On the subject of the language of fiddling, I’ve also heard it said that, in days gone by, Newfoundlanders conventionally referred to all players of dance music as “fiddlers.” That is, a fiddler could equally be a violinist, or an accordion player, or whatever else. I’ve heard people mention this point casually several times, and I’m sure I’ve seen it referenced in academic papers. This web page mentions the convention: https://www.heritage.nf.ca/articles/society/traditional-instrumental-music.php

Re: Regarding the Language and Culture Surrounding the “Fiddle” in North America…

Just thinking of a Strad being held together with a rusty nail puts it into perspective
Also fiddles are usually set up differently. But then I suppose there are many ways of setting up instruments to suit the sound and the playability

I was doomed to be a fiddle player with teachers telling me not to “fiddle about”

All fiddles rattle ……

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Re: Regarding the Language and Culture Surrounding the “Fiddle” in North America…

I don’t know how relevant it is, but if you’re interested in going down the rabbit hole of bowed instrument history, the book ‘The Violin: Its History and Making" by Karl Roy covers the evolution of the instrument pretty thoroughly, from the rebec, through the instrument he terms a fidel, through to viols and violins. It includes references to old texts containing the word ’fidel,’ or some variation, as well as very old works of art with fidels and violins in them. I can’t remember how much he goes into the linguistic changes, which is why it may not be quite what you’re looking for, but if you can get your hands on a copy it is an informative read.

(side note: it is mainly a book on violin making, and only the first quarter of the book is taken up with the ‘history’ section. If you can find a copy to borrow it would save you a few hundred dollars.)

Re: Regarding the Language and Culture Surrounding the “Fiddle” in North America…

Yes Bazza there were people there, but the discussion is about a European instrument in North America. If you have light to shed on the topic of the influence of Native American music on Appalachian fiddle music let’s hear it, otherwise let’s keep current politics out of the discussion.

Re: Regarding the Language and Culture Surrounding the “Fiddle” in North America…

Richard, you’re quite right to pick me up on my comment: it was one of those times when one is struck by a thought and the speed and ease of posting on the internet means that it goes out there before much consideration has gone in into its merits or relevance (if any). I, too, am exasperated by the amount of such stuff that finds its way into the public domain, and should have known better.

On the subject in hand, my understanding is that ‘fiddle’ and ‘violin’ are two words for the same instrument and, apart from an interest in etymology, or in whether their usage just reflects different cultural settings in which the thing is played, I don’t find that there’s a lot to be gained from worrying away at the topic.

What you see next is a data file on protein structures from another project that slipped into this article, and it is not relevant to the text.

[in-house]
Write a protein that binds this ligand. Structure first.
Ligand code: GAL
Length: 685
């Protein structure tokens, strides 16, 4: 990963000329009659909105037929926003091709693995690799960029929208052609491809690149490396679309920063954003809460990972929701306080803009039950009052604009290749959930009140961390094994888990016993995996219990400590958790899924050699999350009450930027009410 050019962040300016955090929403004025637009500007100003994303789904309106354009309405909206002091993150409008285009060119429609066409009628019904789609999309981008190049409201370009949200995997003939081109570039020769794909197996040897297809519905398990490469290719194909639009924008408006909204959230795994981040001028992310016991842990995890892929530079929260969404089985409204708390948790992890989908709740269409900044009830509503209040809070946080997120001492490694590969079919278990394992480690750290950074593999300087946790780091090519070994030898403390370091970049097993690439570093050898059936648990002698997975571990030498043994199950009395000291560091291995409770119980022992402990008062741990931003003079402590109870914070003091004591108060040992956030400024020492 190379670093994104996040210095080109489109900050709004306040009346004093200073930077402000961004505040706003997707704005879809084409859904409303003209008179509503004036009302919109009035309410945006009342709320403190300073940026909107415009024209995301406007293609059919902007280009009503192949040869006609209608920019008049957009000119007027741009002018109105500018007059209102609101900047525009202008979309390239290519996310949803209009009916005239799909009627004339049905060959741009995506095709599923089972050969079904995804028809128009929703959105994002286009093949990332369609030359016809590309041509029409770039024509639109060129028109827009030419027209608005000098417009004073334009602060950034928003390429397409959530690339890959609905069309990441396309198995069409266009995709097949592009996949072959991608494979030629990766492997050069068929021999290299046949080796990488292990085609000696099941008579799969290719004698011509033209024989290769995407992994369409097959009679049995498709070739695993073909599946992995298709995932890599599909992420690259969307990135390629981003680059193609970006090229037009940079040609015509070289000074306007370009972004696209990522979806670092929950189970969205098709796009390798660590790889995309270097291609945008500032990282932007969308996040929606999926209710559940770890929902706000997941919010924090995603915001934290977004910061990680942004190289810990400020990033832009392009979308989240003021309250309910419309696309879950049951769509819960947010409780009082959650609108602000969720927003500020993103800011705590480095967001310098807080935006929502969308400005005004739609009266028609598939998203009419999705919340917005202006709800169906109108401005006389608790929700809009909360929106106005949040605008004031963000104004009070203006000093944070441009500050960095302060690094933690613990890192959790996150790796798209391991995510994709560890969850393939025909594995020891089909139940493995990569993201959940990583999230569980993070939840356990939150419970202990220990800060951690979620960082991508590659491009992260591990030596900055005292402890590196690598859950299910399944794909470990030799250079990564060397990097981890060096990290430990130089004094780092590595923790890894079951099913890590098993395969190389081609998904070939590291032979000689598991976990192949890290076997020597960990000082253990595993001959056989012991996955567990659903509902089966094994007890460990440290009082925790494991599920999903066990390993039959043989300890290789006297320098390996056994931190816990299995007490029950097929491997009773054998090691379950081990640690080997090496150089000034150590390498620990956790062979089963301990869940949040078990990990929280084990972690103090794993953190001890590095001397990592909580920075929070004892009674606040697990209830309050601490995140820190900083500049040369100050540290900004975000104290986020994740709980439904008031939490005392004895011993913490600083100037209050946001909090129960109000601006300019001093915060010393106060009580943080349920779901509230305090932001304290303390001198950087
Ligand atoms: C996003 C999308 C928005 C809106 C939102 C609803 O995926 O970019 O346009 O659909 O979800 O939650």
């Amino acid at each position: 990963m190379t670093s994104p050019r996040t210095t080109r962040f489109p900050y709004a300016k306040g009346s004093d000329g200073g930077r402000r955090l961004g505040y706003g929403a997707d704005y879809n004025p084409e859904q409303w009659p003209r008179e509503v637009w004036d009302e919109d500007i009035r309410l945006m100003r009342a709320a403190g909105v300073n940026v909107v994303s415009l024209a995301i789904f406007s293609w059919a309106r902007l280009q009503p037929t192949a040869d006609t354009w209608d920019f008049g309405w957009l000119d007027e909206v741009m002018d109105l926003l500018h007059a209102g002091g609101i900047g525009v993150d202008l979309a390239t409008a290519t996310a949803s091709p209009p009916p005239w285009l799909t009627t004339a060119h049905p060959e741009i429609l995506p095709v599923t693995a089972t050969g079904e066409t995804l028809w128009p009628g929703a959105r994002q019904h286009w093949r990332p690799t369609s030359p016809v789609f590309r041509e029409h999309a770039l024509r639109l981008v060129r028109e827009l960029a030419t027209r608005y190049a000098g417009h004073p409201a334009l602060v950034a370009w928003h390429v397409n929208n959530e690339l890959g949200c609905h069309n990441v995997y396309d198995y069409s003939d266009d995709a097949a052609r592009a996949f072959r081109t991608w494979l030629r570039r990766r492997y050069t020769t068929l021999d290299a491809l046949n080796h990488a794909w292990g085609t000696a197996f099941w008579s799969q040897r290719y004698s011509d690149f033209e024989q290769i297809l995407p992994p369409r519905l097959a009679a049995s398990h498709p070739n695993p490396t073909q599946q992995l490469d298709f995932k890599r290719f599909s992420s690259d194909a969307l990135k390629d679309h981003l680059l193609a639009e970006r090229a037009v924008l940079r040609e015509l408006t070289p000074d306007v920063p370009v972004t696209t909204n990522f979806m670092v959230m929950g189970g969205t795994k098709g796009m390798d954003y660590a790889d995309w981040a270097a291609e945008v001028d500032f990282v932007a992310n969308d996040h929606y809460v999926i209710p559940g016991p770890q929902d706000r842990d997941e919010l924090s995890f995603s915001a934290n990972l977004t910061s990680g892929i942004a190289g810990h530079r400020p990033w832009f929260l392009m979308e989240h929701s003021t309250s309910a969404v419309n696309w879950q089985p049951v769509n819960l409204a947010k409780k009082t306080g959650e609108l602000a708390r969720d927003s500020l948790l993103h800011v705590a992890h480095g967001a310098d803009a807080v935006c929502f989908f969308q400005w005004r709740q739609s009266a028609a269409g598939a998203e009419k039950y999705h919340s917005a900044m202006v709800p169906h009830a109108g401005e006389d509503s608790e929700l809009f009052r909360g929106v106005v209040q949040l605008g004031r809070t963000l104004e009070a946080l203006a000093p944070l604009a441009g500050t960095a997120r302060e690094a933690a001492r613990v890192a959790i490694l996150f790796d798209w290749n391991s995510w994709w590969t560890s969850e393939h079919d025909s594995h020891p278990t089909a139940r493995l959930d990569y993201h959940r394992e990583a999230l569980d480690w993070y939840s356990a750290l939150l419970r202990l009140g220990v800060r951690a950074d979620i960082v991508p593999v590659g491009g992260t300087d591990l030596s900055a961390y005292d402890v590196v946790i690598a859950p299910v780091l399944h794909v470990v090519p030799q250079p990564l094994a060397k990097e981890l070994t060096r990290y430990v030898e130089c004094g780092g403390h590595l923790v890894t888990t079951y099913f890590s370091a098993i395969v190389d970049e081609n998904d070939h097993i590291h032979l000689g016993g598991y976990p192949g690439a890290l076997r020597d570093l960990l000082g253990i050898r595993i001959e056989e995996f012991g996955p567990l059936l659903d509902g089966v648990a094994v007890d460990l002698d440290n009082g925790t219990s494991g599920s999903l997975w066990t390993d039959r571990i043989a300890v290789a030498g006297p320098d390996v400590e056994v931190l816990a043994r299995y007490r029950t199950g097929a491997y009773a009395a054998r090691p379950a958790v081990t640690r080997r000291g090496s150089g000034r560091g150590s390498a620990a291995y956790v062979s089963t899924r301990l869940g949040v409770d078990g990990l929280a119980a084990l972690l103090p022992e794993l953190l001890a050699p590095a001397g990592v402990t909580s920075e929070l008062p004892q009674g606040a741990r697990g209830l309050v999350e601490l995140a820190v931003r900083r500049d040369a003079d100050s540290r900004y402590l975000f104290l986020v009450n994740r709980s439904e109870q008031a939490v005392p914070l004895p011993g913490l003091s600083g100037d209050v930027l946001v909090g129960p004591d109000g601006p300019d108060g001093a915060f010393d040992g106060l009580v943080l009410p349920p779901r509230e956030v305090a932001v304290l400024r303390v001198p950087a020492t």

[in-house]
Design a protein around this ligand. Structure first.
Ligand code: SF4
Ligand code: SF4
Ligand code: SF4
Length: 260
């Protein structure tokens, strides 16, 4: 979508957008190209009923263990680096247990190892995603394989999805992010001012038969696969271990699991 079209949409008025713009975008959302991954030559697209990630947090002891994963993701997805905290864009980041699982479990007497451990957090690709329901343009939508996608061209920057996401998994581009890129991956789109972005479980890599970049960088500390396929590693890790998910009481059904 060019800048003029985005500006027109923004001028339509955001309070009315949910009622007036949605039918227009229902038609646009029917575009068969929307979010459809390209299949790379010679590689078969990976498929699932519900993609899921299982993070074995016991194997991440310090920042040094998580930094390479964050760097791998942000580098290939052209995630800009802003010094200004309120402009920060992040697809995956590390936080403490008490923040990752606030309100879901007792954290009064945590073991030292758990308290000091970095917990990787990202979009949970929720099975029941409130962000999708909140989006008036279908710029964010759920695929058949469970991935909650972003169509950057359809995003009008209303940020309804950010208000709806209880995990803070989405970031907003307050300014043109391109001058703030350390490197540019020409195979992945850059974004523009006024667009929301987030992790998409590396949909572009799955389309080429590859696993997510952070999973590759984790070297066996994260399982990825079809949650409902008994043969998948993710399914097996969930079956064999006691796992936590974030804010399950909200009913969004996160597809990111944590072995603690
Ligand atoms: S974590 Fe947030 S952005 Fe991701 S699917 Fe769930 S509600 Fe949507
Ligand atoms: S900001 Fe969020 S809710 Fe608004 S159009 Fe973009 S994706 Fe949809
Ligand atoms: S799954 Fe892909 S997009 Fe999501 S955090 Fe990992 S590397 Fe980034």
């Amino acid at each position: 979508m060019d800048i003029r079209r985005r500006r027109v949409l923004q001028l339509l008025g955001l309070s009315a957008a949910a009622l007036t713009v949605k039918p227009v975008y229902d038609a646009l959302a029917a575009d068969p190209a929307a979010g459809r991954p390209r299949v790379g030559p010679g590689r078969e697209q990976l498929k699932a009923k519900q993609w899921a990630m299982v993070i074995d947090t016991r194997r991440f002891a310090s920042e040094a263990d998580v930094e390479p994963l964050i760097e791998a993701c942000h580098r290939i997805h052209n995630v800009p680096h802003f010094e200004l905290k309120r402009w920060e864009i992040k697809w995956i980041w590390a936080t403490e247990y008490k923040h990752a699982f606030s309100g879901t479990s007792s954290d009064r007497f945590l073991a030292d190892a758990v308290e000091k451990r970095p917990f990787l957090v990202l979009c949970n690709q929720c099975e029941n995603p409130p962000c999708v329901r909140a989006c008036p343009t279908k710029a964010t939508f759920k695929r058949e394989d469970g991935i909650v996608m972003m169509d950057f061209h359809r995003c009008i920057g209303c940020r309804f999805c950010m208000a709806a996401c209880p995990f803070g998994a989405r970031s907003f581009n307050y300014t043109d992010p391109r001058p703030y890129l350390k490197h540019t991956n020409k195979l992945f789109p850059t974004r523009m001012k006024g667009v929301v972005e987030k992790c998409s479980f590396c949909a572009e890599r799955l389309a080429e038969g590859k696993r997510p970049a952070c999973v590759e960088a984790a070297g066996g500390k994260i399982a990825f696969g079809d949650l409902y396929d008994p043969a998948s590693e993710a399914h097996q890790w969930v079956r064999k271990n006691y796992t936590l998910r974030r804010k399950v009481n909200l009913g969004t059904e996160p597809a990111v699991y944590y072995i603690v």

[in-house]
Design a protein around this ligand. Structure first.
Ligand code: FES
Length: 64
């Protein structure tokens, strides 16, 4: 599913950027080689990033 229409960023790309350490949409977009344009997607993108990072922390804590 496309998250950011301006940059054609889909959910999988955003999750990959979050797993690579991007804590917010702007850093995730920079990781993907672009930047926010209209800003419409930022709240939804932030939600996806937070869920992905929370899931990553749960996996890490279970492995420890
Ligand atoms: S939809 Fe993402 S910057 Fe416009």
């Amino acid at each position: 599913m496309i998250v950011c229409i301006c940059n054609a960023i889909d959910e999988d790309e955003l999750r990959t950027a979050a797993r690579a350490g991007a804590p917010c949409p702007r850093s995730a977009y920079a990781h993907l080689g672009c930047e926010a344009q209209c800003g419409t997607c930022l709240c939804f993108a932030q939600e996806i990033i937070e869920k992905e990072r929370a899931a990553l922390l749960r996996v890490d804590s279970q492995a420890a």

If, however, there were another, quite separate, thread about the impact of colonialism on the facilitation and/or suppression of indigenous cultural practices, it might be be a place to look at the distinction between ‘settlement’ - suggesting benign migration - and ‘take-over’ - suggesting forcible exploitation. I’m not a historian, but isn’t it the case that much traditional music was prohibited at times in Ireland because it was seen as adverse to British (English) domination. It seems to me that the impact on the survival and transmission of traditional music of migration, colonialism, and associated commercial/political/military interests has been massive. Because it has been largely concerned with the dispossessed or unrecorded strata of society, I doubt that it has had the attention accorded to the history and development of ‘Art music’. That is to say, perhaps it’s not simply a matter of an inappropriate reference to current politics.

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Re: Regarding the Language and Culture Surrounding the “Fiddle” in North America…

Actually, awhile back I heard a radio talk on somebody’s thesis on and research into the idea that there was a significant Native American influence on the fiddling of … Missouri? don’t remember exactly. I was rather skeptical initially - but by the end, I was pretty well convinced.

“isn’t it the case that much traditional music was prohibited at times in Ireland because it was seen as adverse to British (English) domination.”

Is it the case? I’ve never heard of that, other than in relation to specific melodies related to ‘rebel’ lyrics. Anyone?

Re: Regarding the Language and Culture Surrounding the “Fiddle” in North America…

Sam, I don’t mean to sound discouraging to you, but I think you might’ve asked an unanswerable question. I did hear a good joke about it one time that goes as follows : “If I’m selling it to you, it’s a violin….if I’m buying it from you, it’s a fiddle.”